Bradford-based crime writer Liz Mistry’s hugely popular DI Gus McGuire novels have taken the genre by storm. She spoke to Yvette Huddleston.
Two years ago Liz Mistry was struggling with debilitating depression and anxiety – today she has three acclaimed crime fiction novels to her name, is working on the fourth and has just signed up to do a PhD in Creative Writing.
It is quite a turnaround. Mistry’s Bradford-set DI Gus McGuire novels are dark, gritty page-turners that have already gathered a loyal following. The first two books – Unquiet Souls and Uncoiled Lies – were published last year and, the latest book, Untainted Blood was launched this autumn. “It’s all happened very quickly,” says Mistry who was born and raised in West Calder in Scotland but has lived in Bradford, where she has worked extensively as a teacher in inner city primary schools, for the past thirty years.
“I started an MA in Creative Writing at Leeds Trinity in 2015 and for about five or six years before that I had been quite poorly with depression which incapacitated me for quite a while. During all that time though I had ideas for stories I wanted to tell and it was always going to be crime fiction because that is what I enjoyed reading.”
Having enrolled on the masters, Mistry was still nervous about whether she would be able to cope with the demands of the course. As it turned out it suited her very well. “There was something about the mix between the academic and the creative that really worked for me.” She used the time to finish the manuscript for the first novel and her dissertation for the second. In the end she received a distinction, secured a two-book deal with Bloodhound Books shortly after – and her writing career was well on its way. The first two books sold over 50,000 copies. Mistry’s central character, DI Gus McGuire is a complex, troubled figure who has been traumatised by a disturbing event that took place prior to the opening of the first novel. He has his demons and Mistry says she drew on her own experiences in his characterisation. “He is quite profoundly damaged and has a lot of mental health issues. I am always quite open about my own difficulties because my feeling is that the more we talk about these things, the easier it is going to be for other people. I still get really down sometimes but I know I can get over that and I think that’s a really important message to get out there.” Bradford is a key component of Mistry’s books, almost a character in itself, and the setting has an authenticity that can only come through familiarity and affection. “I love Bradford and its diversity,” she says. “It has its problems like any city but it has got a heart that a lot of big cities don’t have.” With a new three-book deal with Bloodhound, of which Untainted Blood, is the first, Mistry is clearly on a roll. “I am quite focused and write quickly,” she says. “I will be writing at least another two Gus McGuire books and I have ideas beyond that.”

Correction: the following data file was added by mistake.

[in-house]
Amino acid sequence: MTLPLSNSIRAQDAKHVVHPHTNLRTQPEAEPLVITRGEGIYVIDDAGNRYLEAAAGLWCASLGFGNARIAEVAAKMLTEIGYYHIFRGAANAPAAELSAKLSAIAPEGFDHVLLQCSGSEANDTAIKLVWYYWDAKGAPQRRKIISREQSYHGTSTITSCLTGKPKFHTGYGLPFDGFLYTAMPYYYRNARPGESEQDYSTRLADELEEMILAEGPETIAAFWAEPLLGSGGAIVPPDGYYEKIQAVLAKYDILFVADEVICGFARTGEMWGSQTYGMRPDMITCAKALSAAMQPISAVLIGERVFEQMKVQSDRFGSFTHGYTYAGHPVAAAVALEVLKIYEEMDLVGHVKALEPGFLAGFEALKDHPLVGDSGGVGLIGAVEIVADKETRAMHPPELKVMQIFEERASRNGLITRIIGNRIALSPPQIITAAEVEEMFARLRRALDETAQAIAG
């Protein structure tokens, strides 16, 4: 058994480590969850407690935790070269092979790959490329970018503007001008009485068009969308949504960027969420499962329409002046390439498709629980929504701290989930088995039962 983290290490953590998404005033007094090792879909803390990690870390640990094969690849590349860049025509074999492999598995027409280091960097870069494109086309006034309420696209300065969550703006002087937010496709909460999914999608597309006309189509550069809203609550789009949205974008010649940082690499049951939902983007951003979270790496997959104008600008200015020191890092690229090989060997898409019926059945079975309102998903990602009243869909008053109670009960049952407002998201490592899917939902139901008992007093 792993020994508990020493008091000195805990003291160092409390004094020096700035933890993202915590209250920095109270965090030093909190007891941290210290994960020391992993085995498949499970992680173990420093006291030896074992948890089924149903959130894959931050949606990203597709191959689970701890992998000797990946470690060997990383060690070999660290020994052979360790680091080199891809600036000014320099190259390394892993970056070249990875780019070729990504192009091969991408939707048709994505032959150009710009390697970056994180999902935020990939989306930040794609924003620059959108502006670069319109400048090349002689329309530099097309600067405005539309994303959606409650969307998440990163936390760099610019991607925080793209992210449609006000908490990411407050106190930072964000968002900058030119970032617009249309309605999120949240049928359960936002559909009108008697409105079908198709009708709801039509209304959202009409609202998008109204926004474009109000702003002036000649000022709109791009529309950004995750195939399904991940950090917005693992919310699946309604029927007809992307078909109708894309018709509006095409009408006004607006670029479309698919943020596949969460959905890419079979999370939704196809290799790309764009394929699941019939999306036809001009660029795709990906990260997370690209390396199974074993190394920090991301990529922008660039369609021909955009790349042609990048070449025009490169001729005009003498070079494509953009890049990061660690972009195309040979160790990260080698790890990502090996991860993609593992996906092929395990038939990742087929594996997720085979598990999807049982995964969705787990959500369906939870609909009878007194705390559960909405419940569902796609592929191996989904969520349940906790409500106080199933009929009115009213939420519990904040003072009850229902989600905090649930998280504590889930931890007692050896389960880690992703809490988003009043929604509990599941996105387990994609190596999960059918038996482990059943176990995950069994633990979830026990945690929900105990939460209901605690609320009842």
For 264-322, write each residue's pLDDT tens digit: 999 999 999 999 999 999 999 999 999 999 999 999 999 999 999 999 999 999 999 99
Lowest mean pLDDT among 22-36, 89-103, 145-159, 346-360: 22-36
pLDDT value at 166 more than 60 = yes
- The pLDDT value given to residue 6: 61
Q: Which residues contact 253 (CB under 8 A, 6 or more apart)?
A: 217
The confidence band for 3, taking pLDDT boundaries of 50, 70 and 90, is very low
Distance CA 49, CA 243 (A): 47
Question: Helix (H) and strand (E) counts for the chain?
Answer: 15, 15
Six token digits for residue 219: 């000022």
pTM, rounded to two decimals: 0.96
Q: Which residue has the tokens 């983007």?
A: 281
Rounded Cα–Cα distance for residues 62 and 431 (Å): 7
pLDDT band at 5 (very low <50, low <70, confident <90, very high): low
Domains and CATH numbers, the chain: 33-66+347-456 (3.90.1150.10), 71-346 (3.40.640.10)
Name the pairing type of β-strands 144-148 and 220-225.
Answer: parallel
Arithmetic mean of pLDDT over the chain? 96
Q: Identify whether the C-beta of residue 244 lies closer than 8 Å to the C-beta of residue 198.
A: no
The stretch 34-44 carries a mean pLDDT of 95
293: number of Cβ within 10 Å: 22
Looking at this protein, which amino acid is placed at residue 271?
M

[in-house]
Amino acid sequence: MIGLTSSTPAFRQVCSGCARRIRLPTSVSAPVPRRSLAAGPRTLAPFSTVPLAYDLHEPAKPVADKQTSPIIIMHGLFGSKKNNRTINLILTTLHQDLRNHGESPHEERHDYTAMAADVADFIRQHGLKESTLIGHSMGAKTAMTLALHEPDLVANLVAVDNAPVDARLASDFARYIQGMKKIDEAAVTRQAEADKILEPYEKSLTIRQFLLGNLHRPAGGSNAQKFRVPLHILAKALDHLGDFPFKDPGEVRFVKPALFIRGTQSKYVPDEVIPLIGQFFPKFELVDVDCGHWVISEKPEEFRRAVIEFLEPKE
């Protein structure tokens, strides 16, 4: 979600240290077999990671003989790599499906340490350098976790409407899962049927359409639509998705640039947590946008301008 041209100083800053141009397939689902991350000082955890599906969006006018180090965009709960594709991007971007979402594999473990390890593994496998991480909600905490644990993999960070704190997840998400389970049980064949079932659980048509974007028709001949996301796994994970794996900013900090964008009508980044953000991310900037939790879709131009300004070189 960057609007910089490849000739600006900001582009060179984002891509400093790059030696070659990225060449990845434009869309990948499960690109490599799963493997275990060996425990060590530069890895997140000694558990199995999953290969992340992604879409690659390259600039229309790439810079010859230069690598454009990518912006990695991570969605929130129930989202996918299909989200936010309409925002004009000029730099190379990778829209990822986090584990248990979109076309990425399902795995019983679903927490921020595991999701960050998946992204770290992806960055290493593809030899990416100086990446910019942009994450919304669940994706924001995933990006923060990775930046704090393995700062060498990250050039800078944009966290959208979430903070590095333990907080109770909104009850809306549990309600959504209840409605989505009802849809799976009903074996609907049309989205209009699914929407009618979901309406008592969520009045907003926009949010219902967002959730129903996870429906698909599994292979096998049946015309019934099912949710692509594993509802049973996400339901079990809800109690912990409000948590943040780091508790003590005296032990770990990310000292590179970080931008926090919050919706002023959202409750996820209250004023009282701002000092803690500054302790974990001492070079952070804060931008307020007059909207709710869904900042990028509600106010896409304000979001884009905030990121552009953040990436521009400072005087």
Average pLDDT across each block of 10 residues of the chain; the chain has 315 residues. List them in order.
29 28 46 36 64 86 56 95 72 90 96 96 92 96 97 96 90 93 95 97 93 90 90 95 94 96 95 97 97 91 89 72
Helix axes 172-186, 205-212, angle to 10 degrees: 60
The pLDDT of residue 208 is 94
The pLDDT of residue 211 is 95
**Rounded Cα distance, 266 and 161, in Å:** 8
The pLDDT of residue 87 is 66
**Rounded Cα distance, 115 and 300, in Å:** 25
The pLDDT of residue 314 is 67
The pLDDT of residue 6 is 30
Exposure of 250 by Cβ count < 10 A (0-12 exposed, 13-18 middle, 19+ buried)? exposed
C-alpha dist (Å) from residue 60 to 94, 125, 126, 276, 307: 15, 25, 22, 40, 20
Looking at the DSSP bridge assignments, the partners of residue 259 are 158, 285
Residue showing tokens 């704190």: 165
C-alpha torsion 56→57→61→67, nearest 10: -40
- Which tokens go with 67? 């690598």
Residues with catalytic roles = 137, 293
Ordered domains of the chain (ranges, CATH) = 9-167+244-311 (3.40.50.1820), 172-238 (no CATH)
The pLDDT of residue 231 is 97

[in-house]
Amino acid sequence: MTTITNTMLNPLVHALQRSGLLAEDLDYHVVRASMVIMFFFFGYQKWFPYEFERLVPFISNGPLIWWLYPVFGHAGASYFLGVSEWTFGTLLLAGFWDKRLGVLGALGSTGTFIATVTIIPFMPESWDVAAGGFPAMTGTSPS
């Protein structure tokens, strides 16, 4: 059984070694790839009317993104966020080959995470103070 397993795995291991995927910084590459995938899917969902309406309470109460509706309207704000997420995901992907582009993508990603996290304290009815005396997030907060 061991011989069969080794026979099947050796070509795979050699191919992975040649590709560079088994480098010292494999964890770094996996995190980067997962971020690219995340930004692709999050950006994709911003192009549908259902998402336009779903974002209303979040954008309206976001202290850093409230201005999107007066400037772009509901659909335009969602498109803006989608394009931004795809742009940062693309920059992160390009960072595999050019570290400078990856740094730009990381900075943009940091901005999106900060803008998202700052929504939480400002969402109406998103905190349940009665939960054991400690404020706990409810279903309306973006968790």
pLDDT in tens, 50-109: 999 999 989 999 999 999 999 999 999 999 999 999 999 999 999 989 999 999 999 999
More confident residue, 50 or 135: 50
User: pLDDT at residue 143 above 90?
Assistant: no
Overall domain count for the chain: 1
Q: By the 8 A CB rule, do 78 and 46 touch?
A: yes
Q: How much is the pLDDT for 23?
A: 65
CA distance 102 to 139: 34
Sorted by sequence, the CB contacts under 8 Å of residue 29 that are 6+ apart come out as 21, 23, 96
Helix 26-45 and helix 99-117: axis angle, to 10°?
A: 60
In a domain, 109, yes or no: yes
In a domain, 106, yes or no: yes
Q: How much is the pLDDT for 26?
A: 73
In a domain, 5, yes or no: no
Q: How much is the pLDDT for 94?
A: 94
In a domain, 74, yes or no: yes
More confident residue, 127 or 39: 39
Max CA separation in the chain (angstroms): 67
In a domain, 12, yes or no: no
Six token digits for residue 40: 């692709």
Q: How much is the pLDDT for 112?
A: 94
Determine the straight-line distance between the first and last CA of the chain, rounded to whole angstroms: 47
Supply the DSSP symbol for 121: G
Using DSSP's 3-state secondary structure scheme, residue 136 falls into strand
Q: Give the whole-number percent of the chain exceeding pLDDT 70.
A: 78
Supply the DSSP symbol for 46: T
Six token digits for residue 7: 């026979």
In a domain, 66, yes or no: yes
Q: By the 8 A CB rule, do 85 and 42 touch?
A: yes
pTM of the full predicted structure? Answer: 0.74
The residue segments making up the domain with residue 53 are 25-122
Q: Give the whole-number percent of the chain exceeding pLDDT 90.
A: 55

Mistry says she has been inspired and influenced by so-called ‘Tartan noir’ writers like Val McDermid, Ian Rankin and Stuart McBride – and her classy writing and tight plotting is right up there with her heroes. A powerful, inventive and interesting new voice within the crime fiction genre, she is definitely one to watch.
Untainted Blood by Liz Mistry
Published by Bloodhound Books, £8.99
Bradford detective Gus McGuire’s latest case takes him on a dark and disturbing journey through his hometown as tensions rise in the already volatile city when extreme right-wing politician Graeme Weston stands in a by-election caused by the discrediting of the local Tory MP. Meanwhile, a serial killer appears to be targeting Asian men who lead an alternative lifestyle. McGuire and his team try to establish whether the murders are linked to the political upheaval.
A feature of Mistry’s books is the warm and supportive family dynamic, unusual in the crime genre. Gus’s mother is a strong, spirited mixed race Scottish-Afro Carribean woman and his father, Dr Fergus McGuire a criminal pathologist, a straight-talking, no-nonsense Scot. Here McGuire’s domestic and professional lives collide in a way which raises the stakes of the investigation even higher. Gus himself is an appealing mix of vulnerability and strength – an inspirational leader to his team – and the relationships between colleagues is nicely realised. The narrative motors along, but apart from anything else this is a timely, hard-hitting look at contemporay issues and concerns which are confronted head on – Mistry describes the book as her “response to everything that was going on with Trump and Brexit.”